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Did the President Order Mueller to Be Fired? ‘Fake News,’ Trump Says 

click to enlarge President Donald Trump with Donald McGahn, the White House counsel, at a swearing-in ceremony at the White House in Washington, Jan. 22, 2017. Trump ordered the firing of Robert Mueller, the special counsel overseeing the Russia investigation, in June 2017, according to four people told of the matter, ultimately backing down after McGahn threatened to resign over the directive. - AL DRAGO/THE NEW YORK TIMES
  • Al Drago/The New York Times
  • President Donald Trump with Donald McGahn, the White House counsel, at a swearing-in ceremony at the White House in Washington, Jan. 22, 2017. Trump ordered the firing of Robert Mueller, the special counsel overseeing the Russia investigation, in June 2017, according to four people told of the matter, ultimately backing down after McGahn threatened to resign over the directive.

By MICHAEL D. SHEAR and ELISABETH BUMILLER
© 2018 New York Times News Service

WASHINGTON — President Donald Trump on Friday denied that he had ordered the firing of Robert S. Mueller III, the special counsel in the Russia probe, but then backed off. The president called reports of the June incident “fake news.”

The New York Times reported Thursday evening that Trump ordered Donald F. McGahn II, his top White House lawyer, to dismiss Mueller just weeks after Mueller took over the Russia investigation. McGahn refused to ask the Justice Department to fire Mueller, saying he would quit instead, and the president relented.

Trump responded to The Times report during a trip to Davos, Switzerland, where he is attending the World Economic Forum, a gathering of world leaders and global business executives.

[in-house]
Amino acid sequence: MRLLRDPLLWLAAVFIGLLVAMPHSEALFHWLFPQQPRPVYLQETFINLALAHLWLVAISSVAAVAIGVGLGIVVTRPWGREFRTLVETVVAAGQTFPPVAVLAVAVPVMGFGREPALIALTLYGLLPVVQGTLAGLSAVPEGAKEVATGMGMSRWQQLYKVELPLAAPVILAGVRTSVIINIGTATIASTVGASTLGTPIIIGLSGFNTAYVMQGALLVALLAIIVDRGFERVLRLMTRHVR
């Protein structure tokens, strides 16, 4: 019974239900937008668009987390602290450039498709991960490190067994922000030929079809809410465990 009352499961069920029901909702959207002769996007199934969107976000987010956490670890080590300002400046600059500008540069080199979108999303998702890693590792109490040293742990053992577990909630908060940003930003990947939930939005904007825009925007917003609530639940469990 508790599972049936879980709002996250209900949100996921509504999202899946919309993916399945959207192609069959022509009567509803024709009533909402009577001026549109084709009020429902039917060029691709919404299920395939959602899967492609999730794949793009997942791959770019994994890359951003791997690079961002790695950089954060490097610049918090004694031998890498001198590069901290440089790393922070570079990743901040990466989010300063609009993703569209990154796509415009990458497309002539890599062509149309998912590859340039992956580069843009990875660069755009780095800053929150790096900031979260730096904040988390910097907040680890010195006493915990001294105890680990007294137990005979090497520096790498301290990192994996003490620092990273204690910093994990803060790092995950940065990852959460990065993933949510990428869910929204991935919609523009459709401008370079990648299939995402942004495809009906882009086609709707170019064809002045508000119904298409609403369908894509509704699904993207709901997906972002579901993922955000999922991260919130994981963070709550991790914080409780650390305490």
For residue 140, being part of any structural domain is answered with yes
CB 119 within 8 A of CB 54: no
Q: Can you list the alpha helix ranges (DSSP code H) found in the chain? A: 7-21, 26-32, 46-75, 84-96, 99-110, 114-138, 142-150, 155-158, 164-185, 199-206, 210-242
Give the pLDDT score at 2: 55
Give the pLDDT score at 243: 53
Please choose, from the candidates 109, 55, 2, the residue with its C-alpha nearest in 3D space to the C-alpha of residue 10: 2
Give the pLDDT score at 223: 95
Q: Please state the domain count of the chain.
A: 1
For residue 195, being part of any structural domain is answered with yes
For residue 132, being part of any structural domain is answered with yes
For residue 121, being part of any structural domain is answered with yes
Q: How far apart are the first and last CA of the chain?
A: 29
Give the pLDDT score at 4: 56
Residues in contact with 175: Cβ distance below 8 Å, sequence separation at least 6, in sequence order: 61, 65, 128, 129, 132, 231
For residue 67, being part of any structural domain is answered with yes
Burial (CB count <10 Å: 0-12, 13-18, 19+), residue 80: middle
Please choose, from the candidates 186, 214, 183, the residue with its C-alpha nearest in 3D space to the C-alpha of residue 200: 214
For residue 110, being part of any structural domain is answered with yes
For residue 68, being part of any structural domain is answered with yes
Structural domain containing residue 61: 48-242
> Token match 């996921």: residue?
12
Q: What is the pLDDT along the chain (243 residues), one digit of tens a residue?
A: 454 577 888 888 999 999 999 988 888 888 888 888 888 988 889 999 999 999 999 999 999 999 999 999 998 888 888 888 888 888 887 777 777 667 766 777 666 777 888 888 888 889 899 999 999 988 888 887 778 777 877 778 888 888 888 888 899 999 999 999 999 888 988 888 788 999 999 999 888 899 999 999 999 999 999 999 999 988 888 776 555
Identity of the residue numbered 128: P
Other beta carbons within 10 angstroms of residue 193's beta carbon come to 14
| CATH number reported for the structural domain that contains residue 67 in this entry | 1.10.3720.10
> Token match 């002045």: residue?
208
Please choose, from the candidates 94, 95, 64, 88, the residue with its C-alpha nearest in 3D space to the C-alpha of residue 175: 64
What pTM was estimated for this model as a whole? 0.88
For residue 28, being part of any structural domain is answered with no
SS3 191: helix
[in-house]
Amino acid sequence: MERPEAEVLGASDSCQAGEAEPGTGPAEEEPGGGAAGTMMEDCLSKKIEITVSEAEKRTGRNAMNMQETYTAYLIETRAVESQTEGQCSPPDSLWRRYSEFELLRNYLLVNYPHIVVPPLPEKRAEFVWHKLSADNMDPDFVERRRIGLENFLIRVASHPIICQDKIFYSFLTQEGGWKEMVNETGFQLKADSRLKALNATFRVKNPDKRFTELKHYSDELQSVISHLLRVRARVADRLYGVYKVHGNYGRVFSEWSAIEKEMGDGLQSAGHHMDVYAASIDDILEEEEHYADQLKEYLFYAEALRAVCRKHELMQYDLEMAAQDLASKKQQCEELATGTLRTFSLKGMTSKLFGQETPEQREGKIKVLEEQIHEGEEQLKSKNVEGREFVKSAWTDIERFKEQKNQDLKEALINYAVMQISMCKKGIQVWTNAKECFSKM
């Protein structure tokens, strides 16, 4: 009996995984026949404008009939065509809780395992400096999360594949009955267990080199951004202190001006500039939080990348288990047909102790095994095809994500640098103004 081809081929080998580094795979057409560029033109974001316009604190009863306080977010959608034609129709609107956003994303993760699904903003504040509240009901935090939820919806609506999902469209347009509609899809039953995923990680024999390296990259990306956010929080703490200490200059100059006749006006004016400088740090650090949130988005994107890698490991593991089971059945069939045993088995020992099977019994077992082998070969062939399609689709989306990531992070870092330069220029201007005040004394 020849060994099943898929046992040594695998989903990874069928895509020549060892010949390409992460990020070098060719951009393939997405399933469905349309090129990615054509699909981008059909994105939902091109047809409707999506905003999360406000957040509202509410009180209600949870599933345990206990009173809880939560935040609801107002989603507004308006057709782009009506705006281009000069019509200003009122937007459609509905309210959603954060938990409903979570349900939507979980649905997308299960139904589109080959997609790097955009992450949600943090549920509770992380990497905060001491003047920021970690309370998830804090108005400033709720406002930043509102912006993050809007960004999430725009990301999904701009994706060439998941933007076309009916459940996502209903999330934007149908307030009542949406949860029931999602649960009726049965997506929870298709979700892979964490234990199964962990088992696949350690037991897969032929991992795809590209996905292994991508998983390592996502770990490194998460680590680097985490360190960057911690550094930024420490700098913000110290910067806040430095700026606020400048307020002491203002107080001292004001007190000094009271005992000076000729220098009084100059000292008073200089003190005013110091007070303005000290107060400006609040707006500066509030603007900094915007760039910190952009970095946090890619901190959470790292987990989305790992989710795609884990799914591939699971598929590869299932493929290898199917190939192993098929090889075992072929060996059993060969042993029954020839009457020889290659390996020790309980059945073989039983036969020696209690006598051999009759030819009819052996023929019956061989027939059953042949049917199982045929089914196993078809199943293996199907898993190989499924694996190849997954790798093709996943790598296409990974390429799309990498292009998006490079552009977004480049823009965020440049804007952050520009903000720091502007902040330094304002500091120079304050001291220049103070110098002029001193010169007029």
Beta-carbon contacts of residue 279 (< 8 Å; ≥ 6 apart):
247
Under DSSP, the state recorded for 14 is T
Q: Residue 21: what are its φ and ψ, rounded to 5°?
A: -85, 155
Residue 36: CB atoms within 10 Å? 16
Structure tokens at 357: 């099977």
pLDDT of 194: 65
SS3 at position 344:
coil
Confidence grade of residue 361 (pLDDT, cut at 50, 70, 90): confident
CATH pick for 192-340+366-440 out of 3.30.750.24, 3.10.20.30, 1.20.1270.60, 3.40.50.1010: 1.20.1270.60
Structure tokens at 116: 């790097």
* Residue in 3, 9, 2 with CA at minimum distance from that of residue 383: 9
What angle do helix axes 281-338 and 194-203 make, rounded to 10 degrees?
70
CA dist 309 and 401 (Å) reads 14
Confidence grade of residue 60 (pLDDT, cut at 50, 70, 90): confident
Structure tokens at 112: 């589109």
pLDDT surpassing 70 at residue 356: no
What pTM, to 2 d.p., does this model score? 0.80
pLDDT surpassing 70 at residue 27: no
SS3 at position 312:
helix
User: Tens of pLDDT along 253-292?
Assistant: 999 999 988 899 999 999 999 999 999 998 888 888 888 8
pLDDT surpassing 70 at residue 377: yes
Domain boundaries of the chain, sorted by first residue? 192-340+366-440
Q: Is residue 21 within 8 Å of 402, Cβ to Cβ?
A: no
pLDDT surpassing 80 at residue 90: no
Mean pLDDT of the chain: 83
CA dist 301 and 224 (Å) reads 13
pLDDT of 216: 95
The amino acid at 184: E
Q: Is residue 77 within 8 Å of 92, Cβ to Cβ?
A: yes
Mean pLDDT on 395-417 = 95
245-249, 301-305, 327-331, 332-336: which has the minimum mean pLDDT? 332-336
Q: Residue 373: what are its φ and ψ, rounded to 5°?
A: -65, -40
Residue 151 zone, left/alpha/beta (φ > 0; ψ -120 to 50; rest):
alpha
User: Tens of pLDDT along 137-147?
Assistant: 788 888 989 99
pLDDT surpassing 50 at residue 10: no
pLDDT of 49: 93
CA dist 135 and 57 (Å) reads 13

Upon arrival at the Congress Center in Davos, Trump was greeted by a scrum of the forum’s participants snapping cellphone photos and by a large group of reporters asking why he had ordered Mueller’s firing.

“Fake news, folks,” Trump replied. “Fake news. A typical New York Times fake story.”

The Times report was based on four people who were told of the matter. On Thursday, Ty Cobb, who manages the White House relationship with Mueller’s office, declined to comment.

The June incident could emerge as an important part of Mueller’s probe, part of which is looking into whether Trump or anyone in the White House or associated with his campaign obstructed justice by trying to impede investigators looking into the possibility of campaign-related collusion with Russia.

Trump’s order to fire Mueller came in the month after the president did fire the FBI Director James B. Comey, later citing the Russia probe as the reason for his decision. At the time, Comey was in charge of the FBI’s investigation into collusion with Russia. The firing of Comey in May directly led to Mueller’s appointment.

Trump’s denial of the June incident echoes repeated statements by the president and other White House officials that Trump had never considered firing the special prosecutor.

“I haven’t given it any thought,” Trump told reporters in August. “I mean, I’ve been reading about it from you people. You say, oh, I’m going to dismiss him. No, I’m not dismissing anybody.”

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